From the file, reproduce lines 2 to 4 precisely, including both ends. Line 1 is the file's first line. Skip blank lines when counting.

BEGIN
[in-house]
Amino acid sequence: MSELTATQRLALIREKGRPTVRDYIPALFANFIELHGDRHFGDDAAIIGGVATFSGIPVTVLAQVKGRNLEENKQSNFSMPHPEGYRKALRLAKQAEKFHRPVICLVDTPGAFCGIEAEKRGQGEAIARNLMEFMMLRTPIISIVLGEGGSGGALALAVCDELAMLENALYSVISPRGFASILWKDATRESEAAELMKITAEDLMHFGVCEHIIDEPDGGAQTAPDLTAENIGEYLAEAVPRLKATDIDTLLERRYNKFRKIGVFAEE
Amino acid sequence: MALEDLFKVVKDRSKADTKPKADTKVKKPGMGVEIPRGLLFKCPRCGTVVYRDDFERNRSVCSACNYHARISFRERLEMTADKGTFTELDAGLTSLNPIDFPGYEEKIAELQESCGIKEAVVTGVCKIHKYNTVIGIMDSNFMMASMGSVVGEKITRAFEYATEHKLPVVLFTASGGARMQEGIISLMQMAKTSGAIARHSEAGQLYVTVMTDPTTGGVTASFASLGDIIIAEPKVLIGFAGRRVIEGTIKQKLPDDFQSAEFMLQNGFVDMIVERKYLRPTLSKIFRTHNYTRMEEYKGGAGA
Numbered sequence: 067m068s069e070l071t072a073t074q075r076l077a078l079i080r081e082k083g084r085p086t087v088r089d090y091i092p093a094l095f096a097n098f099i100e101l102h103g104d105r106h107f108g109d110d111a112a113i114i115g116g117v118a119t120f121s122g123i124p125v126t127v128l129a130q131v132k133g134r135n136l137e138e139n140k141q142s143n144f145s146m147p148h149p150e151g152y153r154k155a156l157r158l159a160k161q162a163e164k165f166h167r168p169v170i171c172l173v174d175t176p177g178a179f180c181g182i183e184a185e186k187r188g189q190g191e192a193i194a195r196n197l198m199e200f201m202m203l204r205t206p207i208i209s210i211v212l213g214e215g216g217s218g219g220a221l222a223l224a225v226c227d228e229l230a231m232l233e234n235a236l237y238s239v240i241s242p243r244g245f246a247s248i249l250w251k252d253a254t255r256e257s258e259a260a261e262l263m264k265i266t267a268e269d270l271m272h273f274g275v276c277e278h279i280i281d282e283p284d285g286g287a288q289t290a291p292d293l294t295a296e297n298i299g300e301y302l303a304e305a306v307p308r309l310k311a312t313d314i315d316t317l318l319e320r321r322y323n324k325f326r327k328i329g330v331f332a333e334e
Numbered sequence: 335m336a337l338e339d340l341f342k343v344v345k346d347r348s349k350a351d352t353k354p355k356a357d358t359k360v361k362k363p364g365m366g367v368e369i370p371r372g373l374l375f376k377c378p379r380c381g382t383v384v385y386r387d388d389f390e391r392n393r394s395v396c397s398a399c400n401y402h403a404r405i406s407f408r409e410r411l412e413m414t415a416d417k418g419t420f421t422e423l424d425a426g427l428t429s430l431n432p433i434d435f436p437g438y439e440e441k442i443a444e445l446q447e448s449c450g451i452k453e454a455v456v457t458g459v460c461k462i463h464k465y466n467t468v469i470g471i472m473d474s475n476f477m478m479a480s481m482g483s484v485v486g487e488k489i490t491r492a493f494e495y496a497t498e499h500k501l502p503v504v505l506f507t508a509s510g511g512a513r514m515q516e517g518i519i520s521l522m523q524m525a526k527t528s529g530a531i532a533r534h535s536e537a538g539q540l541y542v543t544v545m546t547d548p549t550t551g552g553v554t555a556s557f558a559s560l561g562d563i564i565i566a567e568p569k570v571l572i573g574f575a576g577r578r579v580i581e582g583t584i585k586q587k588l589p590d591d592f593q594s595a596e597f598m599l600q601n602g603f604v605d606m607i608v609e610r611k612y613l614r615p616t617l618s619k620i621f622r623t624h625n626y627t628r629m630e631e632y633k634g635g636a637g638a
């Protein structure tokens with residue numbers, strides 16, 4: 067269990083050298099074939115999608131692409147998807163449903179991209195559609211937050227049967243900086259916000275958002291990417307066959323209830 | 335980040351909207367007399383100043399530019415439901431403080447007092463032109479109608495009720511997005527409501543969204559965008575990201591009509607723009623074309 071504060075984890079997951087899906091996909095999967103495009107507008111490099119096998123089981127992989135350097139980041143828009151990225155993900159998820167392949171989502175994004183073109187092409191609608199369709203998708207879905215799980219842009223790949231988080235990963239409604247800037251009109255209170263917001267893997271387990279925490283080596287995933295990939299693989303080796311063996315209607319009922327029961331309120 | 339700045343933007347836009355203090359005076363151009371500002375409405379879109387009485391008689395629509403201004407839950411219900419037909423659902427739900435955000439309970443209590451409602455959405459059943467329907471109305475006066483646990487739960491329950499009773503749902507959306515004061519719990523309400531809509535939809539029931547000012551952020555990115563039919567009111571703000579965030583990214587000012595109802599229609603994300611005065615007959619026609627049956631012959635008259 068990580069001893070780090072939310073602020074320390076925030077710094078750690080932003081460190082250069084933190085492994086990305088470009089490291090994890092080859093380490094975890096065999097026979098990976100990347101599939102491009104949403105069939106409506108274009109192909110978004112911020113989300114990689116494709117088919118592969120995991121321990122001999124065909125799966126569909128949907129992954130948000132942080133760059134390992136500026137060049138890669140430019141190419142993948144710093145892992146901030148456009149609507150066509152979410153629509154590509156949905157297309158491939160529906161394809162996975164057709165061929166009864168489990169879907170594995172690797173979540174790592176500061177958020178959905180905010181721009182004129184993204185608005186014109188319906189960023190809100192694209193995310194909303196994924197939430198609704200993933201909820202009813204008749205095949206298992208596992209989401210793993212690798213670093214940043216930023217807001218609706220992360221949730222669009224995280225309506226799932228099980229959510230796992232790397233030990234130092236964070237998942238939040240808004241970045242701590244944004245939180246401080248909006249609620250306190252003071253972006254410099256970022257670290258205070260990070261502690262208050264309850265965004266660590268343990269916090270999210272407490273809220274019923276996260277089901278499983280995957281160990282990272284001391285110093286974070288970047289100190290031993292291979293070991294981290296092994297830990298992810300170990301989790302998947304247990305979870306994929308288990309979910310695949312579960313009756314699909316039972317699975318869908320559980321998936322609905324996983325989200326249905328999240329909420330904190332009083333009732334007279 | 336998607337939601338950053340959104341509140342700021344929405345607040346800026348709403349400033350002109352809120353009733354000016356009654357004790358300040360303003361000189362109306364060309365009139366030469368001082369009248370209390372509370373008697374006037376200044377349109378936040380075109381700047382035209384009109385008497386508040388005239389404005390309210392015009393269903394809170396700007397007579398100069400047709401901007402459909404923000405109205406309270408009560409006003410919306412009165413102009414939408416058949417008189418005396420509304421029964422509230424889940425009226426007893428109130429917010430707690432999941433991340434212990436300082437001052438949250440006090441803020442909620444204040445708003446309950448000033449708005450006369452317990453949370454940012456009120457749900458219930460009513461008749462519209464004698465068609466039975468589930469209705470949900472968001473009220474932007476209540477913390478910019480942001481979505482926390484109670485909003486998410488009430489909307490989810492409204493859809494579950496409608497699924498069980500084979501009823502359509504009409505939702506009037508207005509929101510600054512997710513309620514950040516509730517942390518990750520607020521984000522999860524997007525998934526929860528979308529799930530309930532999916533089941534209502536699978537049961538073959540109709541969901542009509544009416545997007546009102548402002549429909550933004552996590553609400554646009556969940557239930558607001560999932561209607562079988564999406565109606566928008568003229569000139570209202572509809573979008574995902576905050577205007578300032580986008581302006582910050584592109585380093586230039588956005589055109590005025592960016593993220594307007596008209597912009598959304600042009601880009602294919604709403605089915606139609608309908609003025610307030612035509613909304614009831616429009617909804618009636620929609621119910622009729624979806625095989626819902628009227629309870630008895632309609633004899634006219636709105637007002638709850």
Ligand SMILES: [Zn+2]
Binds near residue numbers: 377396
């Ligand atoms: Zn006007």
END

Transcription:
Amino acid sequence: MSELTATQRLALIREKGRPTVRDYIPALFANFIELHGDRHFGDDAAIIGGVATFSGIPVTVLAQVKGRNLEENKQSNFSMPHPEGYRKALRLAKQAEKFHRPVICLVDTPGAFCGIEAEKRGQGEAIARNLMEFMMLRTPIISIVLGEGGSGGALALAVCDELAMLENALYSVISPRGFASILWKDATRESEAAELMKITAEDLMHFGVCEHIIDEPDGGAQTAPDLTAENIGEYLAEAVPRLKATDIDTLLERRYNKFRKIGVFAEE
Amino acid sequence: MALEDLFKVVKDRSKADTKPKADTKVKKPGMGVEIPRGLLFKCPRCGTVVYRDDFERNRSVCSACNYHARISFRERLEMTADKGTFTELDAGLTSLNPIDFPGYEEKIAELQESCGIKEAVVTGVCKIHKYNTVIGIMDSNFMMASMGSVVGEKITRAFEYATEHKLPVVLFTASGGARMQEGIISLMQMAKTSGAIARHSEAGQLYVTVMTDPTTGGVTASFASLGDIIIAEPKVLIGFAGRRVIEGTIKQKLPDDFQSAEFMLQNGFVDMIVERKYLRPTLSKIFRTHNYTRMEEYKGGAGA
Numbered sequence: 067m068s069e070l071t072a073t074q075r076l077a078l079i080r081e082k083g084r085p086t087v088r089d090y091i092p093a094l095f096a097n098f099i100e101l102h103g104d105r106h107f108g109d110d111a112a113i114i115g116g117v118a119t120f121s122g123i124p125v126t127v128l129a130q131v132k133g134r135n136l137e138e139n140k141q142s143n144f145s146m147p148h149p150e151g152y153r154k155a156l157r158l159a160k161q162a163e164k165f166h167r168p169v170i171c172l173v174d175t176p177g178a179f180c181g182i183e184a185e186k187r188g189q190g191e192a193i194a195r196n197l198m199e200f201m202m203l204r205t206p207i208i209s210i211v212l213g214e215g216g217s218g219g220a221l222a223l224a225v226c227d228e229l230a231m232l233e234n235a236l237y238s239v240i241s242p243r244g245f246a247s248i249l250w251k252d253a254t255r256e257s258e259a260a261e262l263m264k265i266t267a268e269d270l271m272h273f274g275v276c277e278h279i280i281d282e283p284d285g286g287a288q289t290a291p292d293l294t295a296e297n298i299g300e301y302l303a304e305a306v307p308r309l310k311a312t313d314i315d316t317l318l319e320r321r322y323n324k325f326r327k328i329g330v331f332a333e334e